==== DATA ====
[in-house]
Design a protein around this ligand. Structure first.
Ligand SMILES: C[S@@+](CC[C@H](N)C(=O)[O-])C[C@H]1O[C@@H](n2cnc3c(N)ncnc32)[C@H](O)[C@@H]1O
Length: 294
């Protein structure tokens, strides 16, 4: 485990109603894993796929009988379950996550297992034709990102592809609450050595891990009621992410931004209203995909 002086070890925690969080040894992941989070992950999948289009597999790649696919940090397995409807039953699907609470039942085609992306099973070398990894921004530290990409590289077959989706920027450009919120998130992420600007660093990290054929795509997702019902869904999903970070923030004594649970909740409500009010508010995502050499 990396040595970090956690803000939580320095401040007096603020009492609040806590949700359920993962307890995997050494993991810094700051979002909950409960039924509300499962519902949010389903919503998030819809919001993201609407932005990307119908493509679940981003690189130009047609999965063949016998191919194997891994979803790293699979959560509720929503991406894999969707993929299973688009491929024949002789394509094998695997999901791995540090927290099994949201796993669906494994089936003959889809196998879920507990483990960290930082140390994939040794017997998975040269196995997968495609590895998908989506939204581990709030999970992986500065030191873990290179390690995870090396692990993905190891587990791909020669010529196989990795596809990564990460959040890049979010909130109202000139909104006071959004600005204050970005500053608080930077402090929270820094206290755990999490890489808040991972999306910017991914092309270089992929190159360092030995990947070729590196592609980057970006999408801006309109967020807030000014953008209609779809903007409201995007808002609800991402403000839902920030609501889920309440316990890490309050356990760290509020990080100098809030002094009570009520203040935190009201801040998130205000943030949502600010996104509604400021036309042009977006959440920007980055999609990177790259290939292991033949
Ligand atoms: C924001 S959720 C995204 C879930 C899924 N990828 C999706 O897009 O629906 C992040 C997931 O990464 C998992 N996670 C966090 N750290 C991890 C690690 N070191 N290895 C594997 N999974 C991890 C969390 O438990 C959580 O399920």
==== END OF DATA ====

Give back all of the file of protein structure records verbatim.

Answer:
[in-house]
Design a protein around this ligand. Structure first.
Ligand SMILES: C[S@@+](CC[C@H](N)C(=O)[O-])C[C@H]1O[C@@H](n2cnc3c(N)ncnc32)[C@H](O)[C@@H]1O
Length: 294
């Protein structure tokens, strides 16, 4: 485990109603894993796929009988379950996550297992034709990102592809609450050595891990009621992410931004209203995909 002086070890925690969080040894992941989070992950999948289009597999790649696919940090397995409807039953699907609470039942085609992306099973070398990894921004530290990409590289077959989706920027450009919120998130992420600007660093990290054929795509997702019902869904999903970070923030004594649970909740409500009010508010995502050499 990396040595970090956690803000939580320095401040007096603020009492609040806590949700359920993962307890995997050494993991810094700051979002909950409960039924509300499962519902949010389903919503998030819809919001993201609407932005990307119908493509679940981003690189130009047609999965063949016998191919194997891994979803790293699979959560509720929503991406894999969707993929299973688009491929024949002789394509094998695997999901791995540090927290099994949201796993669906494994089936003959889809196998879920507990483990960290930082140390994939040794017997998975040269196995997968495609590895998908989506939204581990709030999970992986500065030191873990290179390690995870090396692990993905190891587990791909020669010529196989990795596809990564990460959040890049979010909130109202000139909104006071959004600005204050970005500053608080930077402090929270820094206290755990999490890489808040991972999306910017991914092309270089992929190159360092030995990947070729590196592609980057970006999408801006309109967020807030000014953008209609779809903007409201995007808002609800991402403000839902920030609501889920309440316990890490309050356990760290509020990080100098809030002094009570009520203040935190009201801040998130205000943030949502600010996104509604400021036309042009977006959440920007980055999609990177790259290939292991033949
Ligand atoms: C924001 S959720 C995204 C879930 C899924 N990828 C999706 O897009 O629906 C992040 C997931 O990464 C998992 N996670 C966090 N750290 C991890 C690690 N070191 N290895 C594997 N999974 C991890 C969390 O438990 C959580 O399920």